Stem cells from cow shoulder muscle were cultured into strips of meat that grew, over the course of two years, into the first cultured beef patty. Scientists hope test-tube burgers will one day be sold to the masses to combat the coming food crisis and climate change.
A food panel in London tasted the patty on Monday.
"It's literally like cooking any other burger I've experienced before, a nice and pleasant aroma but very subtle at this stage," said Chef Richard McGeown while frying the patty in copious amounts of butter, breadcrumbs, egg powder and seasoning.
The burger itself was also colored with beetroot and saffron to darken the naturally light, pasty stem cell strands.
“I know there is no fat in it so I didn't really know how juicy it would be, but there is quite some intense taste…,” said Hanni Ruetzler, a food researcher from the Future Food Studio, who tasted the patty.
Another taster, Josh Schonwald, a Chicago-based author of a book on the future of food, said "the bite feels like a conventional hamburger" but said the meat tasted "like an animal-protein cake," reported The New York Times.
Dr. Post estimated it would take 10 to 20 years to make cultured meat commercially viable. A major challenge will be making it cost efficient; if production is scaled up, cultured beef would currently run more than $30 a pound.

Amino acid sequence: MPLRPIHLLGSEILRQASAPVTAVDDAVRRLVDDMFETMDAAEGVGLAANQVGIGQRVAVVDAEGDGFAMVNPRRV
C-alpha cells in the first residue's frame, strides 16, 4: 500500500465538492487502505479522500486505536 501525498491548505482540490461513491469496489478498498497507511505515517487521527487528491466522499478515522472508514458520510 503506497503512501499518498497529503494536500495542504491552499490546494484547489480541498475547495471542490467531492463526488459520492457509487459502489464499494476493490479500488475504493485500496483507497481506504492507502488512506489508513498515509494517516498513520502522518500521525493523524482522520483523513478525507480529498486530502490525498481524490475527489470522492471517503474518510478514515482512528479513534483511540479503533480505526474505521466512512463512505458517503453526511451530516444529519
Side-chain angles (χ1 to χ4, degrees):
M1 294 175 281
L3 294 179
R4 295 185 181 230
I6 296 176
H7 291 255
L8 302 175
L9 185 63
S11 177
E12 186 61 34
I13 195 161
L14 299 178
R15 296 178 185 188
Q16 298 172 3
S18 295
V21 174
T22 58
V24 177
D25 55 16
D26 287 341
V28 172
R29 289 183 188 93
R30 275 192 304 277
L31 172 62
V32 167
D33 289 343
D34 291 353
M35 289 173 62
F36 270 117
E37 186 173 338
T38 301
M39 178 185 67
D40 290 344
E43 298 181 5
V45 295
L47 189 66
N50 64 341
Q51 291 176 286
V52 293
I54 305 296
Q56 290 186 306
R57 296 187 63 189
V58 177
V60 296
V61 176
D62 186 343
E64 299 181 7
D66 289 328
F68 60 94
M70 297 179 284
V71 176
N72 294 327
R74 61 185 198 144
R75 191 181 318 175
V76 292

The project to produce this first cultured burger cost $325,000 over two years, including extra tissue for testing.
Cultured meat, in comparison to conventional meat, would have a number of environmental benefits like reduction of water, land and energy use, and fewer emissions of methane and other greenhouse gases. It would also alleviate animal-welfare issues related to conventional livestock production. And, depending on how the stem cells were obtained, animals may not even have to be slaughtered to produce the cultured meat.
Still, the best method to truly reduce our carbon footprint is to go completely meatless. Dr. Post said: “Vegetarians should remain vegetarian. That’s even better for the environment.”
One proponent of the cultured burger, Dr Iain Brassington, a bioethicist, at the University of Manchester, said it will be easy to knock down the "frankenfoods” argument against it—“the idea that this process interferes with nature."
“All food production interferes with nature—wheat, for example, is the result of thousands of years of selective breeding, and is grown on land that has been systematically altered for the purpose.
“If you don't want food that's the product of interference with nature, you're probably going to be hungry.”